Mar 26 2010
BreweryFans is currently displaying the rather attractive Ruby on Rails internal server error page. As far as server errors go this is best of brand, top of the class. For those interested in connecting with like minded imbibers they’ll have to go the old fashioned route and head to the bar.
Sometimes the universe just drops things in your lap. Things so natural, so easy, so effortless that you just sit back and enjoy the ride. Like today’s feature: BreweryFans. Yeah, you read that correctly: I have the Herculean task of reviewing a website devoted to fine, craft beers. Oh, universe, there you go again!
BreweryFans connects fans of really, really dank brew with dank breweries and dank brew they love. In the world of folks providing good social services, I put them up there with the Salvation Army and that stuff Mother Teresa did. First-time users will find all the beer they want from their ever-growing database, receive email alerts, learn about upcoming events, and of course, review the brews themselves. Reviewing the “Most Popular Breweries” on the right-side of the homepage is like reading the roster of the Rock n’ Roll Hall of Fame or Hall of the Coolest US Presidents. There’s the incredible Brooklyn Brewery (got drunk on their tour), the incorrigible Abita (drank it in Baton Rogue; got drunk), and the irrepressible Yuengling (we call it “lager” in Philly), and the stately, incandescent gods of West Coast brew: Sierra (love it), Lagunitas (love it), and Russian River (love it.) My point: this is site has its act together. This is serious beer business.
Users can register, or if you wanna hold off, you can playing around with the search functionality. I entered “Boont,” as in Boont Amber, my official “Northern California Honky-Tonk” beer, and lo and behold, up it popped. I clicked on the result and was taken to an elegant – and shockingly accurate – overview page of the beer. I could “Map This Beer,” meaning it’d show me “beerspots” where they serve it; I could also “Become a Fan” and “Get Alerts” about it.
Now for a couple quick navigation suggestions:
- On the home page, in the main text, I’d add some hyperlinks. For example, I’d hyperlink “ever-growing database” to the database; the underlined text made me think they were links.
- Also, at least for the time being, BreweryFans may want to let visitors check out the BeerFolio page without registering, just to give them a taste (get it? sorry) of what’s out there. People are lazy, y’know?
Now if I may ruminate on the business model. For beer-lovers and brewers alike, it’s a no-brainer. When I lived in Portland, I’d frequently patronize Amnesia, an amazing, yeast-y smelling brewery and bar. Every now and then I’d pop in and see what was new. Did I ever call and ask, “What’s your new beer this week?” No, I didn’t. (Was too busy writing my screenplay.) However, would have it been helpful to sign up for and receive an email saying, “Hey man, we just rolled out our new 7% Brown Steel Unicorn IPA?” You bet it would! And as sophisticated, intelligent, and well-manicured craft-brew lovers, market research shows we are willing to shell out a little extra for something better than PBR with a lime wedge (hate it.) We are pretty passionate about this stuff, and in addition to buying the stuff, are move than happy to provide feedback on the stuff, which BreweryFans also allows. Also, during a recession, people spend more money on alcohol than food, medicine, and diapers combined. Look it up. Breweries, take note.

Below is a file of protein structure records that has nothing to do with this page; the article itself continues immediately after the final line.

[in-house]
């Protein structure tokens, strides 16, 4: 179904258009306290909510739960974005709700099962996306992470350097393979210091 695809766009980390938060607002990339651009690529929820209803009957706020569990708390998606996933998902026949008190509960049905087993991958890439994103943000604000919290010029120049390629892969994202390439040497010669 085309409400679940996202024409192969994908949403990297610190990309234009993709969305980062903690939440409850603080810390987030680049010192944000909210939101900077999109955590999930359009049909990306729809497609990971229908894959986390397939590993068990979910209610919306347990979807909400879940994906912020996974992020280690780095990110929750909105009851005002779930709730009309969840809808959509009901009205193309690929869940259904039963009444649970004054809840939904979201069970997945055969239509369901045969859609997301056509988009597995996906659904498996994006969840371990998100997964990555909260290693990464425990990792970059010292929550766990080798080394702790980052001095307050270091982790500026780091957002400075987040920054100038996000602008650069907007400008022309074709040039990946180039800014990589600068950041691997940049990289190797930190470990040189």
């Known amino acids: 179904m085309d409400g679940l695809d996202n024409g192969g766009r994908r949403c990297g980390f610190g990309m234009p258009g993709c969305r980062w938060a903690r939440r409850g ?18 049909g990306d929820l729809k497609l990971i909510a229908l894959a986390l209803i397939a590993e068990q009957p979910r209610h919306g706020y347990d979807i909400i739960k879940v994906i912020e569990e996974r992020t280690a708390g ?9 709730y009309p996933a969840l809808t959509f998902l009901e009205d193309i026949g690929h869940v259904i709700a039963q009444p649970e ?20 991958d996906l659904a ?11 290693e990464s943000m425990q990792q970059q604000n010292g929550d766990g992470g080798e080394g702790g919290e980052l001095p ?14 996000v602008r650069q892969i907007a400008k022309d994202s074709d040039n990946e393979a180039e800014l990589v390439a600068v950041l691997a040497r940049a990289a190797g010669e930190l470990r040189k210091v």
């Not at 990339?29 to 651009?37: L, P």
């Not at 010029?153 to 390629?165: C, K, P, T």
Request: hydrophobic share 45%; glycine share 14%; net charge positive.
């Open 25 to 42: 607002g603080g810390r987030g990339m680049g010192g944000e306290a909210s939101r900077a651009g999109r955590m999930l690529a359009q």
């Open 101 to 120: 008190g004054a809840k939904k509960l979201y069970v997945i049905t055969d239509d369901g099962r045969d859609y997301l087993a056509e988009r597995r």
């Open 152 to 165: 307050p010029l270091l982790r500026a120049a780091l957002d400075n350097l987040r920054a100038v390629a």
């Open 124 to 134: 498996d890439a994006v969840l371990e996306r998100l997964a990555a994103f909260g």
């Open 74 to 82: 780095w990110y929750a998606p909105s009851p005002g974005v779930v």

A few weeks ago, I was listening to NPR’s Marketplace, and hear a nifty little story about how “foodies” are flocking to Cleveland, OH. Restaurateurs are fleeing the high-tax, high-pressure crucible of New York, setting up shop in “The Mistake by the Lake,” and making a killing doing so. It’s endemic of the “Starbucks-ization” (my word, not NPR’s) of niche segments of society, which means this: say what you will about Starbucks, it certainly taught consumers to enjoy coffee, to treat coffee as an experience, rather than commodity. To that effect, NPR noted that networks like The Food Network are spreading a higher cultural element into backwoods inbreeding towns like Cleveland. In other words: good stuff isn’t just relegated to city slickers anymore, and this trend bodes well for BreweryFans. BreweryFans captures this Zeitgeist by providing an invaluable resource for people for whom good brew is a way of life.
With that note, I have to run and, eh, go make myself a nice glass of…um, Ovaltine. Yeah. Ovaltine.